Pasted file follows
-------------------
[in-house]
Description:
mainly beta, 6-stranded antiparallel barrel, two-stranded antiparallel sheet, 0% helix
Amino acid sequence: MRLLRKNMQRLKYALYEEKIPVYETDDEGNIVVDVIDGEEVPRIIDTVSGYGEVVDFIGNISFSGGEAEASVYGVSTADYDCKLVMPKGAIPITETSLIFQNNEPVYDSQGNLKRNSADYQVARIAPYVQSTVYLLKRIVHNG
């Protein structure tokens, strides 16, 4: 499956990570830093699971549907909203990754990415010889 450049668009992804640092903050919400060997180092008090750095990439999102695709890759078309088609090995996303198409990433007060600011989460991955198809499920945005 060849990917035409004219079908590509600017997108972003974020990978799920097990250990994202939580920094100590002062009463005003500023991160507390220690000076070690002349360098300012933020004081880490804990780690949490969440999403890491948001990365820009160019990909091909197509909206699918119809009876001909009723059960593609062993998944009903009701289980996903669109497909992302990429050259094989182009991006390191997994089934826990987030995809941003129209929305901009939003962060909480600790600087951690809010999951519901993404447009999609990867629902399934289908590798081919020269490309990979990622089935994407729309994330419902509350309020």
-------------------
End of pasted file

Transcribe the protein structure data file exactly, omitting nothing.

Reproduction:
[in-house]
Description:
mainly beta, 6-stranded antiparallel barrel, two-stranded antiparallel sheet, 0% helix
Amino acid sequence: MRLLRKNMQRLKYALYEEKIPVYETDDEGNIVVDVIDGEEVPRIIDTVSGYGEVVDFIGNISFSGGEAEASVYGVSTADYDCKLVMPKGAIPITETSLIFQNNEPVYDSQGNLKRNSADYQVARIAPYVQSTVYLLKRIVHNG
């Protein structure tokens, strides 16, 4: 499956990570830093699971549907909203990754990415010889 450049668009992804640092903050919400060997180092008090750095990439999102695709890759078309088609090995996303198409990433007060600011989460991955198809499920945005 060849990917035409004219079908590509600017997108972003974020990978799920097990250990994202939580920094100590002062009463005003500023991160507390220690000076070690002349360098300012933020004081880490804990780690949490969440999403890491948001990365820009160019990909091909197509909206699918119809009876001909009723059960593609062993998944009903009701289980996903669109497909992302990429050259094989182009991006390191997994089934826990987030995809941003129209929305901009939003962060909480600790600087951690809010999951519901993404447009999609990867629902399934289908590798081919020269490309990979990622089935994407729309994330419902509350309020």